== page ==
In a historic vote, crowdfunding platform Kickstarter has become the first major tech company to successfully form a union, with a narrow vote of 46 workers in favour and 37 against.
“This is the future of tech. Workers are organising around our values to build a stronger future,” Clarissa Redwine, a Kickstarter organiser who was fired in September, told Gizmodo. “I’m filled with boundless joy and pride. My former coworkers at Kickstarter deserve the power they just earned at the ballot box.”
Kickstarter began the process of organising over a year ago and went public with their intentions last March. In the interim, management refused to voluntarily recognise the union, organisers have been fired under unusual circumstances, and the company retained a law firm which advertised its skills at “union avoidance.” The sum total of that obstruction led to a National Labor Relations Board election, which today’s successful vote ratifies.
Kickstarter will now the Office and Professional Employees International Union (OPEIU) Local 153 and begin the process of bargaining their first contract with management.
As the close vote suggests though, not all resistance to an organised workplace was strictly top-down. Shortly after announcing plans to unionise, a number of veteran employees circulated a memo which called the efforts a “misappropriation of unions for use by privileged workers,” a shockingly common belief. Despite pressure from without and within, Kickstarter United members are at the very tip of a more egalitarian movement that sees a union not just as a means of securing a measure of physical and economic safety, but seeks to cede greater control over a company’s purpose, culture, and hiring practices to the individuals that comprise it.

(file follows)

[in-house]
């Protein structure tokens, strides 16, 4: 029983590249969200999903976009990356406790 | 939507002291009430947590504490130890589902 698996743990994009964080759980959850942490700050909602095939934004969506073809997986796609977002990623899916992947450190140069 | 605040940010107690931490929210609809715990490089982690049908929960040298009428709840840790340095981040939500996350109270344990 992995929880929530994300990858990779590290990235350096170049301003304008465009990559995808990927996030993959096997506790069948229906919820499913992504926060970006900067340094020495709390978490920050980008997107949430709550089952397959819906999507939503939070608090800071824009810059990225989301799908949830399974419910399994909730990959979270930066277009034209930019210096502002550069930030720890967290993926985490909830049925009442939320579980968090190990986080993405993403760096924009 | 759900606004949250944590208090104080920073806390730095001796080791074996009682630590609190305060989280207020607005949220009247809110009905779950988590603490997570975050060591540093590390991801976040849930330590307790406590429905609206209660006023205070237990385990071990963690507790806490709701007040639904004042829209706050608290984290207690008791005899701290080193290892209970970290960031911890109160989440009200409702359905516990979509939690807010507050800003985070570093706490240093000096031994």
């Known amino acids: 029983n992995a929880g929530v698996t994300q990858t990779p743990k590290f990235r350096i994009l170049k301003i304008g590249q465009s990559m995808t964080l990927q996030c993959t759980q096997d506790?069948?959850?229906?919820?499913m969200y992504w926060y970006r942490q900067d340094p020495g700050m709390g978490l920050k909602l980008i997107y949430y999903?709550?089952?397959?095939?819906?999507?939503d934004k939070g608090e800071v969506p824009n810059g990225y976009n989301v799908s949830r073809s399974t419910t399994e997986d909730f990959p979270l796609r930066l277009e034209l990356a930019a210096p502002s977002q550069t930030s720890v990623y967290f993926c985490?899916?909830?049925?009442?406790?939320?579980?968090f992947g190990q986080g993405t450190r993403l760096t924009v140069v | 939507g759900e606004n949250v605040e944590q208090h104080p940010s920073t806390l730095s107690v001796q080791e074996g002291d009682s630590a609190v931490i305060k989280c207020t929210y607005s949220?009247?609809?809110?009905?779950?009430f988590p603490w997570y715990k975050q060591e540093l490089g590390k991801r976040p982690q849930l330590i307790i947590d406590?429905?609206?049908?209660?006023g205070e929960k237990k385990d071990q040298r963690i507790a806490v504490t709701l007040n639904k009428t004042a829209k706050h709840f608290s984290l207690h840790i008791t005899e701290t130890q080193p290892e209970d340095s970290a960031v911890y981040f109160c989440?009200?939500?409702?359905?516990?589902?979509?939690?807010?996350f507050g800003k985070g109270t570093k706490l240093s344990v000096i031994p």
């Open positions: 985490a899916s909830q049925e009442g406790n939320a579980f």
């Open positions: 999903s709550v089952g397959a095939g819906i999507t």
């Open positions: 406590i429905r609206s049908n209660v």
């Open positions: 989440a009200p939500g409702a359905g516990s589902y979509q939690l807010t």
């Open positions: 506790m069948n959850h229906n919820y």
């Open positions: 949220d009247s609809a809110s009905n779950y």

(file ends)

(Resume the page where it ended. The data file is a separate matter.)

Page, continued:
“Every worker at a company makes it what it is – from your community outreach people, to your customer support people, to the people running your facilities,” Dannel Jurado, a Kickstarter senior software engineer, wrote in a statement from OPEIU. “I’m overjoyed by this result. There’s a long road ahead of us, but it’s a first step to the sustainable future in tech that I and so many others want to see.”
His company’s track record of interference notwithstanding, Kickstarter CEO Aziz Hasan said in a statement, “We support and respect this decision, and we are proud of the fair and democratic process that got us here. We’ve worked hard over the last decade to build a different kind of company, one that measures its success by how well it achieves its mission: helping to bring creative projects to life. Our mission has been common ground for everyone here during this process, and it will continue to guide us as we enter this new phase together.”
What remains to be seen, even amid the unprecedented wave of worker action at major tech companies like Google, Microsoft, Amazon, others will take the same leapt to formalize their organizing efforts – a considerably more difficult task at firms of this scale. Thus far smaller pockets of workers – Facebook’s cafeteria workers, tech campus security guards, the Gimlet podcast group (now owned by streaming giant Spotify), or a single office of Google contractors – have gained union protections while these behemoths, even when rocked by mass walk-outs, have so far remained insulated.